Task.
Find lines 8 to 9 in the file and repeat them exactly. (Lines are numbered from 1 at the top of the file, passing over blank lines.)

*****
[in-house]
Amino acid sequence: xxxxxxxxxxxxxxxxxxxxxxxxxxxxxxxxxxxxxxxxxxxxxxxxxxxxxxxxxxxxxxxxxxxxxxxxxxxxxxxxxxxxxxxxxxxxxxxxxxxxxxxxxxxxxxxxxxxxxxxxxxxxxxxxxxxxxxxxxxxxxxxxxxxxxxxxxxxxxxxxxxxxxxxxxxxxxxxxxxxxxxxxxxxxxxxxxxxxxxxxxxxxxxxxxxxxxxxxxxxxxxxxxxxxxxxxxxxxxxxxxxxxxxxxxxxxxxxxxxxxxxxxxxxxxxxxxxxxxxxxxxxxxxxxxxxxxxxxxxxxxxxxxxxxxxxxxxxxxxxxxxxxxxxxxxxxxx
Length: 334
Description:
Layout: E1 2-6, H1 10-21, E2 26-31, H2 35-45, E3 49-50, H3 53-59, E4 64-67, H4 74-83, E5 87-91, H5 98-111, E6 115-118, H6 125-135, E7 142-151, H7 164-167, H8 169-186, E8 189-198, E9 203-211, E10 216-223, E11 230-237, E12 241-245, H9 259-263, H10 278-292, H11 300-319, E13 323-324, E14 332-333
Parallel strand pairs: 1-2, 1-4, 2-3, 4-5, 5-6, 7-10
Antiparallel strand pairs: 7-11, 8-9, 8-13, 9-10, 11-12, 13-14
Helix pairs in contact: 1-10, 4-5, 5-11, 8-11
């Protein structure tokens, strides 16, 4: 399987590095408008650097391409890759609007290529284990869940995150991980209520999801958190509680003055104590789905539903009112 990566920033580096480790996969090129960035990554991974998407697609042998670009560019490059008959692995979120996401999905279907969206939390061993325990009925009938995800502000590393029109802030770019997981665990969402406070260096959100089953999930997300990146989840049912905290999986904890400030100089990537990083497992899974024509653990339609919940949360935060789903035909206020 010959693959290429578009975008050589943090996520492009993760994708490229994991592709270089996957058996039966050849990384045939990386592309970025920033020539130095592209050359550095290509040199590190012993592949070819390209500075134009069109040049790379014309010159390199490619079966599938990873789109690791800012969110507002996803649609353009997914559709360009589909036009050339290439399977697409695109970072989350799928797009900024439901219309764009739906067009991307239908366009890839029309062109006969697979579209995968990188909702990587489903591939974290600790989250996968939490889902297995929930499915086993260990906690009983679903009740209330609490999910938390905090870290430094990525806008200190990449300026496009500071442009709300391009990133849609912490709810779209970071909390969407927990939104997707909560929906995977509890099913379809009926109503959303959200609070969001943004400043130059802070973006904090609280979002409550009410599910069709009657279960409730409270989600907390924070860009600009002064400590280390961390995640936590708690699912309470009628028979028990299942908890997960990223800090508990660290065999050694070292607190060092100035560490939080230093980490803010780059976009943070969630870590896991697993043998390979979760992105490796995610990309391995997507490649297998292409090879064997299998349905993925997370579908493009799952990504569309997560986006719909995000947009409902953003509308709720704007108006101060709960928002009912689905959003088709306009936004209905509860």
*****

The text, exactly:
Helix pairs in contact: 1-10, 4-5, 5-11, 8-11
């Protein structure tokens, strides 16, 4: 399987590095408008650097391409890759609007290529284990869940995150991980209520999801958190509680003055104590789905539903009112 990566920033580096480790996969090129960035990554991974998407697609042998670009560019490059008959692995979120996401999905279907969206939390061993325990009925009938995800502000590393029109802030770019997981665990969402406070260096959100089953999930997300990146989840049912905290999986904890400030100089990537990083497992899974024509653990339609919940949360935060789903035909206020 010959693959290429578009975008050589943090996520492009993760994708490229994991592709270089996957058996039966050849990384045939990386592309970025920033020539130095592209050359550095290509040199590190012993592949070819390209500075134009069109040049790379014309010159390199490619079966599938990873789109690791800012969110507002996803649609353009997914559709360009589909036009050339290439399977697409695109970072989350799928797009900024439901219309764009739906067009991307239908366009890839029309062109006969697979579209995968990188909702990587489903591939974290600790989250996968939490889902297995929930499915086993260990906690009983679903009740209330609490999910938390905090870290430094990525806008200190990449300026496009500071442009709300391009990133849609912490709810779209970071909390969407927990939104997707909560929906995977509890099913379809009926109503959303959200609070969001943004400043130059802070973006904090609280979002409550009410599910069709009657279960409730409270989600907390924070860009600009002064400590280390961390995640936590708690699912309470009628028979028990299942908890997960990223800090508990660290065999050694070292607190060092100035560490939080230093980490803010780059976009943070969630870590896991697993043998390979979760992105490796995610990309391995997507490649297998292409090879064997299998349905993925997370579908493009799952990504569309997560986006719909995000947009409902953003509308709720704007108006101060709960928002009912689905959003088709306009936004209905509860």